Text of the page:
How many times has Jesus healed you, not necessarily from a physical ailment but emotionally or mentally? How many times has Jesus brought you or someone you love back from the death of sin or addiction or some other deep darkness? This week is a good time to remember all the times when Jesus healed you or a loved one in any way.
 
Maybe it is right now that you feel powerless or deeply injured. Ask Jesus to be present to you to help heal you. And this Christmas, let us thank Jesus for all the times of healing and all the gifts he has given us.
 
Excerpts from the English translation of the Lectionary for Mass © 1969, 1981, 1997, International Commission on English in the Liturgy Corporation (ICEL). All rights reserved.
 
Bill Ayres was a founder, with the late singer Harry Chapin, of WhyHunger. He has been a radio and TV broadcaster for 40 years and has two weekly Sunday-night shows on WPLJ, 95.5 FM in New York. He is a member of Our Lady Queen of Martyrs Church in Centerport, New York.

Tags: , , , , , , , , , , , , , ,

 
 

God of power and mercy,
open our hearts in welcome.
Remove the things that hinder us from receiving Christ with joy
so that we may share his wisdom and become one with him in glory
for he lives and reigns with you and the Holy Spirit,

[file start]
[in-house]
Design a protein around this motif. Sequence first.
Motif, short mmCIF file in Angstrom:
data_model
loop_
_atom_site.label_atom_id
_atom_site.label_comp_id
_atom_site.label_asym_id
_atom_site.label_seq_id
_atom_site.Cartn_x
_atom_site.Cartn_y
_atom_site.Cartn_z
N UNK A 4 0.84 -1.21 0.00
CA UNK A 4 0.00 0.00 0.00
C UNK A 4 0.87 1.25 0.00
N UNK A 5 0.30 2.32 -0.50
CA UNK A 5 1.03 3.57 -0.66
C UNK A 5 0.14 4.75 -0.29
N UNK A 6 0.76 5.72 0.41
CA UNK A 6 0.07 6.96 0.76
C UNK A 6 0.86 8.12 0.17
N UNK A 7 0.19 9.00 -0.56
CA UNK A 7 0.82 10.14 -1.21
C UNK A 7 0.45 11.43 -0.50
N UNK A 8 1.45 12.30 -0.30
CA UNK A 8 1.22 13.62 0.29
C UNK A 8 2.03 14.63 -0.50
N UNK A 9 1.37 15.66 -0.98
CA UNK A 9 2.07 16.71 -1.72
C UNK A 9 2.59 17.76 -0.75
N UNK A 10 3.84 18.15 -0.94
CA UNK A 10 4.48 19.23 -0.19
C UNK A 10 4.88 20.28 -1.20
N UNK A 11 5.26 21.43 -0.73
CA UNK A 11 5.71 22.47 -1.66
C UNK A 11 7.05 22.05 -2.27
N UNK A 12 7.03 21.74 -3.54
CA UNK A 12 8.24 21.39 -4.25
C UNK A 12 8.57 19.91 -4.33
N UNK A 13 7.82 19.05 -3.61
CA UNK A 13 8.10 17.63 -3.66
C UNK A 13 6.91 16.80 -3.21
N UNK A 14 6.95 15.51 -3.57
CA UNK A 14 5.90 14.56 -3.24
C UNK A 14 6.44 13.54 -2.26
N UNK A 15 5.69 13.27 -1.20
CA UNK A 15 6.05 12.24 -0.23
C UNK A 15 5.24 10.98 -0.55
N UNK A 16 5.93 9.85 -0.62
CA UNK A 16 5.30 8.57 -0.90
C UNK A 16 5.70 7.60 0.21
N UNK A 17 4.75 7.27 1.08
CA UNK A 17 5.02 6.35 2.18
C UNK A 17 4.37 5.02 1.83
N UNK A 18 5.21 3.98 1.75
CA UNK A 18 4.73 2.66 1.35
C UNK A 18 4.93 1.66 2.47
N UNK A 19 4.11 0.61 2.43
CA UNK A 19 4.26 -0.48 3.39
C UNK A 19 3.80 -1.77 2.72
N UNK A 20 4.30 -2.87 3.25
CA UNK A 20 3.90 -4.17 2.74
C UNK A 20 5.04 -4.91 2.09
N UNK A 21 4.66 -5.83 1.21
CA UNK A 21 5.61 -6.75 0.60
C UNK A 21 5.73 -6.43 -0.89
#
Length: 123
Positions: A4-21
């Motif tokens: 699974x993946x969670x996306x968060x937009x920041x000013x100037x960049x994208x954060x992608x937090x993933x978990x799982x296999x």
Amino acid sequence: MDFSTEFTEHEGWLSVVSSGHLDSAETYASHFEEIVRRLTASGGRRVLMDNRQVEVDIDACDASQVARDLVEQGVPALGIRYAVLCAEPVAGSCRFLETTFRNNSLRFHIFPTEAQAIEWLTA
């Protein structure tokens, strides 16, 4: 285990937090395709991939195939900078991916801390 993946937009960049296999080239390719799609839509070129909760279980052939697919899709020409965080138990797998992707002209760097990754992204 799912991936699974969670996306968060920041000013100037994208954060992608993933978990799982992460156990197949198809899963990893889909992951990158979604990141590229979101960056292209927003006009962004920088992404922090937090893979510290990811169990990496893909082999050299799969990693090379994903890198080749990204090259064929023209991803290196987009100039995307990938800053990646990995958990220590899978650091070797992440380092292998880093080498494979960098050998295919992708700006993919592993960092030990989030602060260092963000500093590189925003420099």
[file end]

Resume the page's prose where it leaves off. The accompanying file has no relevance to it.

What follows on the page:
now and forever.
Amen.

 
Adapted from Waiting With Joy: Weekly Reflections on the Sunday Readings, Advent, Year A, by Sr. Donna Ciangio, OP; © RENEW International.

Tags: , , , , , , ,

 
 

A reading from the Book of the prophet Isaiah
(Chapter 11:1-10)
 
The prophets of Israel preached several massages, some hopeful and some judgmental, but all to awaken the people of Israel during hard times and give them courage. Here, Isaiah talks about a new leader, a future king. “The spirit of the Lord shall rest upon him: a spirit of wisdom and understanding, a spirit of counsel and strength, a spirit of knowledge and fear of the Lord…. Not by appearance shall he judge, nor by hearsay shall he decide, but he shall judge the poor with justice, and decide aright for the land’s afflicted. Justice shall be the band upon his waist, and faithfulness a belt upon his hips. Then the wolf shall be the guest of the lamb, and the leopard shall lie down with the kid, and the calf and the lion shall browse together, with a little child to guide them.”
 
The kings that followed the greatest king, David, were far from the image Isaiah presents. They led their country poorly, so Isaiah wants to give the people some hope. We believe that this promised new ruler is Jesus, the Christ, and we place our hope in him.
 
Responsorial Psalm
(Psalm 72:1-2, 7-8, 12-13, 17)